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In honor of this wonderful blog hop, I’m giving away a eBook copy of my novel, THE WOMAN ON THE PAINTED HORSE .
Winner will be determined by Random.org on June 25th!!
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For the Summer Lovin’ Blog hop, I decided that I would post an excerpt from my debut novel THE WOMAN ON THE PAINTED HORSE. I loved writing and sharing William and Alexandra’s love story. A story that weaves through the social disparity in Deep South 1861–a time where blackmail, money, and greed could be more powerful than love.
I braced my stance on the cobbled stones, a footpath, which didn’t show women’s shoes any kindness, and watched Sarah blush as she and Mr. O’Brien chatted about the weather. The humid moisture in the air stuck to my skin as the sun’s heat deepened. I longed to be one of the little flowers blooming in the shade of the tree trunks that stood rebelling against the cobbles confining presence, the flowers small petals dancing in the hot gentle breeze.
A group of men stood around one another a few yards away. A couple of them appeared as though they were trying to keep peace within the group while others seemed to be getting more irritated. Since Alabama’s secession from the United States of America, encountering crowds of men either arguing over the hostilities or playfully slapping each other in displays of admiration, gratitude or agreement had become routine.
“We must take additional issues into consideration, Ethan. Your reckless claims cannot go ignored,” one of the men yelled.
“My claims speak nothing but the truth. We all have thought on the matter and Robert E. Lee should die a traitor’s death for what he did.”
Several of the men shook their heads as the first man yelled again. “To condemn him in such a way is deplorable. He is nonetheless a respectable military man and a fine soldier.”
Glancing at Sarah still prattling on with Mr. O’Brien, I inched forward a few steps, trying to listen in on the men’s conversation.
“Son, watch out,” a man shouted behind me.
As I turned around, my body collided with another’s. Fingers wrapped around both my arms, and held me strong and steady until I regained my balance. The grasp shocked me, sending an unexpected pulse through my body. I squinted to see the person’s face, but the sunlight blinded me until he shifted his head and blocked the bright light.
A perfect set of chocolate brown eyes stared at me, sending chills down my spine. Inhaling the intoxicating, nature-like scent of his Muscogee caramel-skin, everything and everyone around us disappeared—only the two of us stood in the street, alone, and looking into each other’s eyes. His grip around my arms loosened, and for a moment, my body inched forward moving with his, never wanting him to let go.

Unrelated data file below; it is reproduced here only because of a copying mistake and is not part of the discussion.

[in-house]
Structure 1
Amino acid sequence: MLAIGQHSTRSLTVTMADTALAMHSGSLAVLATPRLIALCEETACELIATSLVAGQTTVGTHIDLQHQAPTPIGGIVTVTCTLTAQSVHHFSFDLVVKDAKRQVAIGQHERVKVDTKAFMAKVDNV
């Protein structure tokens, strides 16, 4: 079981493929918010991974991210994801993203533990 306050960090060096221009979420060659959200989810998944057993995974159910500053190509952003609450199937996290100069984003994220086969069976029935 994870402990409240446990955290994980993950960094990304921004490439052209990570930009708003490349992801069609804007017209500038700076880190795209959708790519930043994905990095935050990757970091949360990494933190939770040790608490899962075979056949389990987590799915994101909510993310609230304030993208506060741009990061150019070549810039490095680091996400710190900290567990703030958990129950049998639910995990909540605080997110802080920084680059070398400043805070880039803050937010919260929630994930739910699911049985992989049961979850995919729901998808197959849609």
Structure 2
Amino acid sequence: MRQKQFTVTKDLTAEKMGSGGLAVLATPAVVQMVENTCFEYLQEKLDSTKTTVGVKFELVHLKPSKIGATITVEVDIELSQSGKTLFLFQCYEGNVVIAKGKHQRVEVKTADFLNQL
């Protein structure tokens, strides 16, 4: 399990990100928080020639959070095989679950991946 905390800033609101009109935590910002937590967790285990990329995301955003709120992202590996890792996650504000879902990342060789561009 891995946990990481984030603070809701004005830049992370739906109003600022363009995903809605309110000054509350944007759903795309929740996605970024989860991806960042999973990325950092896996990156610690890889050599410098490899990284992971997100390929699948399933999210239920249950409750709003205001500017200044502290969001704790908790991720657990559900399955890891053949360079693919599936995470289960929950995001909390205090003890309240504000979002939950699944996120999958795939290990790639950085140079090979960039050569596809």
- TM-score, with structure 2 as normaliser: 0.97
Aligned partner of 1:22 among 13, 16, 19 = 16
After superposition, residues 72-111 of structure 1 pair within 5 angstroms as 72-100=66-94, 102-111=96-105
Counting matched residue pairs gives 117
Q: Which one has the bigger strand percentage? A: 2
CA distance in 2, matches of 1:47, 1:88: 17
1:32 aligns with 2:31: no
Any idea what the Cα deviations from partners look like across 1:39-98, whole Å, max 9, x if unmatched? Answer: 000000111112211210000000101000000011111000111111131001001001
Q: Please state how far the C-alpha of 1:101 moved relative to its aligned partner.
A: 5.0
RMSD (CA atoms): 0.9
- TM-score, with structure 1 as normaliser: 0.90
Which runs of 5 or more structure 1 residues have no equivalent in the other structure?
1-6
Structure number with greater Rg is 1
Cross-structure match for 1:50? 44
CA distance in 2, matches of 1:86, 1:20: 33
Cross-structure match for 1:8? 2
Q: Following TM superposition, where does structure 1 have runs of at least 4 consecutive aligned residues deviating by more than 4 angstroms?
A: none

Speech, breathing, all lost to me, along with the power to look away from this perfect young man standing in front of me. I memorized his face, his chiseled jaw line, and flawless lips. His eyes were perfect, his nose was perfect, and he was not to be faulted.
He was breathtakingly handsome.
I couldn’t explain, nor understood, why I felt overwhelmingly drawn to him, and my interest intrigued me.
The young man stared at me with curiosity in his warm eyes and an ever so slight grin that spread across his lips. Before either of us could open our mouths to speak, one of the men from the group yelled again, and the young man’s eyes darted toward the crowd. His smile faded, and he marched away from me without uttering a single word.
“Please excuse my son, Miss,” an older man whispered.
I nodded, and he sauntered off after his son.
“Miss Alexandra, ya all right?” Sarah said in a hushed but frightened tone. Her question was barely comprehensible, much less answerable. “Dang fool should watch where he walkin’. Well, come on, let’s get inside ‘fore anythin’ else happens to ya,” she muttered, grabbing my arm.
“Sarah, I don’t need help.” I brushed her hand away. “Just go inside, I shall meet you shortly.”
She stared at me for a moment with one eyebrow raised and released my arm. I ignored her shocked expression, and adjusted the buttons on my sleeve. Without another word, she nodded and turned away, conceding to my command with a knowing smile on her face that annoyed me.
Mr. O’Brien held the door for her as she entered the store, shaking her head and giggling over his chivalry. After the door shut behind them, I looked over my shoulder and watched the young man and his father walk away.
His long jet black hair was half pulled back at the crown and banded into a small braided ponytail. Beads of jade and turquoise adorned his neck and the white feather tethered to the end of the braid fluttered in the breeze.
He glanced over his shoulder, too, and our eyes locked.
Thoroughly embarrassed, I darted through the store’s entrance. My cheeks burned as I pressed myself up against the inside wall.